The arguments Alnwick makes are meant to defend the claim that "the creatures contained in God virtually according to their perfection are distinguished from God really and formally". Recall that the various modes of containment are attempts to explain how and in what way creatures pre-exist in God prior to their creation.

Guillelmus de Alnwick, Quodlibet q. 8 (ed. Ledoux, 448-9):

Every positive perfection is contained in God formally or virtually; but the perfection of a creature, inasmuch as it is distinguished from God, is some positive perfection, because creatures are distinguished from God by their positive perfections; therefore, the perfection of a creature, inasmuch as it is distinguished from God, is contained in God virtually or formally. Not formally, for so then it would not be distinguished from God absolutely (simpliciter); therefore it is contained as such in God virtually. Then I arguo thus: the perfection of a creature, inasmuch as it is distinguished from God, is contained by God virtually, as now has been proved; therefore the perfection of a creature, inasmuch as it is contained in God virtually, is not the same as God. And so it is clear that the perfection of a creature, insofar as it is contained in God from the side of itself [ex parte sui], is not the same as God.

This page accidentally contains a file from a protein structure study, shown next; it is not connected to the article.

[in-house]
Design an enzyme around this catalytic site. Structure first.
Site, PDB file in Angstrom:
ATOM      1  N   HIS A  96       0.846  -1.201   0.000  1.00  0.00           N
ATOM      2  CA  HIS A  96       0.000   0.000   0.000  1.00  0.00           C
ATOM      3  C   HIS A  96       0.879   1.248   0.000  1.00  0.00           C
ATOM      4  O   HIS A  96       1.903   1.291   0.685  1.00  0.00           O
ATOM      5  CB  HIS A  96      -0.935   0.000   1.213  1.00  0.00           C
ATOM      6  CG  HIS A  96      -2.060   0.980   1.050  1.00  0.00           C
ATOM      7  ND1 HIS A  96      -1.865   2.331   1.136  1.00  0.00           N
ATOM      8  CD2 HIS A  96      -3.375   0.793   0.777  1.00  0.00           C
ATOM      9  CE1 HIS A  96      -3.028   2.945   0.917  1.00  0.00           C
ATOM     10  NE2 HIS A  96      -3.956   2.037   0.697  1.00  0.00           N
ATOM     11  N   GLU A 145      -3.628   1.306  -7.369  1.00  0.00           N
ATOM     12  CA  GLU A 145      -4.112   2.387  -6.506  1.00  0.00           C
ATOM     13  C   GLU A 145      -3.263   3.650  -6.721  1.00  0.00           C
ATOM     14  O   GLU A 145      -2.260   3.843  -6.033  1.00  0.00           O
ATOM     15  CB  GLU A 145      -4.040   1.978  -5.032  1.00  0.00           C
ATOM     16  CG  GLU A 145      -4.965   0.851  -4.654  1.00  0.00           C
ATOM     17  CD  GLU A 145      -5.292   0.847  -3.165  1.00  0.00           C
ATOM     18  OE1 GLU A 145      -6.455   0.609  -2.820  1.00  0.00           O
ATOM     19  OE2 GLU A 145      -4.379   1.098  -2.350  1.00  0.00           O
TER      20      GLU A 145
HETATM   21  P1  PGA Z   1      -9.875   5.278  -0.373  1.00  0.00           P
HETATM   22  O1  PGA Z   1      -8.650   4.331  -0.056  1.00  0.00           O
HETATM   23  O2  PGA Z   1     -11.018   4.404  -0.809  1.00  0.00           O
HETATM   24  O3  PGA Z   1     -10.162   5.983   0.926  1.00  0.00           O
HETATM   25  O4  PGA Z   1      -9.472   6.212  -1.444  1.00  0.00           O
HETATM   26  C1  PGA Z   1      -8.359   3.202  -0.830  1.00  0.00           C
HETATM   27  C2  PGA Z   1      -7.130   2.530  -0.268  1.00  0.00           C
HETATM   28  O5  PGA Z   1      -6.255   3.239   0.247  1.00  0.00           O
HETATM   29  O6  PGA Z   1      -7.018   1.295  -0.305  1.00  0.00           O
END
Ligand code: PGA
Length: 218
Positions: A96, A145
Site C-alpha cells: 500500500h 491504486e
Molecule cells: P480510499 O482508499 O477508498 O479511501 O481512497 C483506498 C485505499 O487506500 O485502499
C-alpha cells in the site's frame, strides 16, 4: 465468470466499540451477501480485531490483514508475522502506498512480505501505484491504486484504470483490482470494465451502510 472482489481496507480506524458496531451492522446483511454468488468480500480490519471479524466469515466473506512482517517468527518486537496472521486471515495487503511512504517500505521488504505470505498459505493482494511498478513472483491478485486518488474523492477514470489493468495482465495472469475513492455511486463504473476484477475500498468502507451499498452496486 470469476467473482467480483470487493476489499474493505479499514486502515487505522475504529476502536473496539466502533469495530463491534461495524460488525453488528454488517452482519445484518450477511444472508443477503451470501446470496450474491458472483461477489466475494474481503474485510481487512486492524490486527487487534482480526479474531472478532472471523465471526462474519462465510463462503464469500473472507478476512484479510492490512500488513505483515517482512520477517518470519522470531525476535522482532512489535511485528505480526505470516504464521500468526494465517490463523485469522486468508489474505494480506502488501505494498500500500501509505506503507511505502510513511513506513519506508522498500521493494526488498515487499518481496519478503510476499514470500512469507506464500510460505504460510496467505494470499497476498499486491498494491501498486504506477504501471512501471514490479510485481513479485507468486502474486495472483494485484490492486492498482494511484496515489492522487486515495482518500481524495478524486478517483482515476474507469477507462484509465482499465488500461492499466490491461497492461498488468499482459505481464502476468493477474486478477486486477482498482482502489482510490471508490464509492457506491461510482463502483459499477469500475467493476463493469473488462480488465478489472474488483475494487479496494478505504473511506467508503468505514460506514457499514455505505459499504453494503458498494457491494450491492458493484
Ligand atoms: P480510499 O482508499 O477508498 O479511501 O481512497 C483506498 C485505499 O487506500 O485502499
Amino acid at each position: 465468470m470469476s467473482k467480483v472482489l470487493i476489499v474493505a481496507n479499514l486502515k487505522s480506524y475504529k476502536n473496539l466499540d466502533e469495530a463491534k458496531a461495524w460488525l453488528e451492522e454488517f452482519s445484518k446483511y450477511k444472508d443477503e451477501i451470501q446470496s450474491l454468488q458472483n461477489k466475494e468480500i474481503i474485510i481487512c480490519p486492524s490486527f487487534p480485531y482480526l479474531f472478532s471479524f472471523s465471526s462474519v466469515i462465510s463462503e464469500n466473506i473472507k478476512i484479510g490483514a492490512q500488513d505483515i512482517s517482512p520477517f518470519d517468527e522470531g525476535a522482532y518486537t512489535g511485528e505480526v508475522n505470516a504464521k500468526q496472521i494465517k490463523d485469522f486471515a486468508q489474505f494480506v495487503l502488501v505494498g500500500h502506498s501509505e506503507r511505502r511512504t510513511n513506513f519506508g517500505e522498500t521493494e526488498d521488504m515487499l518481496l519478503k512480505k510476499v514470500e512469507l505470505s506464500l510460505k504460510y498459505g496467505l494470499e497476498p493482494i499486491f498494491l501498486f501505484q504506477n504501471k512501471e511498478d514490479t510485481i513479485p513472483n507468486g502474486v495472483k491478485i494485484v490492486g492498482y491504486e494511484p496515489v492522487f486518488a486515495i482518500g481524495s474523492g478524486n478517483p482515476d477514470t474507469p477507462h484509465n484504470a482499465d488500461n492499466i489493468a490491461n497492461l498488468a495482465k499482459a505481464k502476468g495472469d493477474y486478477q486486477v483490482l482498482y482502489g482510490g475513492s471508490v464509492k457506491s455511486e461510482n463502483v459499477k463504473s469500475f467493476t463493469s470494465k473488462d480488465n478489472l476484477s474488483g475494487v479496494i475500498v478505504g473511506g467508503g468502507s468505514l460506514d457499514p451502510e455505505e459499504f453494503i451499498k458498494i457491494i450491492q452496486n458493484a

Again, fourth: whatever is produceable by some agent is contained in it virtually, because nothing is produced by something which is not contained first in its produtive power; but a stone according to its own proper nature is produceable by God; therefore a stone according to its own proper nature is contained in God virtually. But it is clear tha a stone according to its own proper nature is not God, therefore a stone, inasmuch as it is virtually contained in God, is not God but is distinguished from him.

Saturday, November 10, 2012

A Counter-Narrative for Brad Gregory

See this post for photos of Duns Scotus in colonial Mexican art. Note especially the winged Scotus and Scotus treading upon the Lutherans.

Friday, November 9, 2012

A Note from Peirce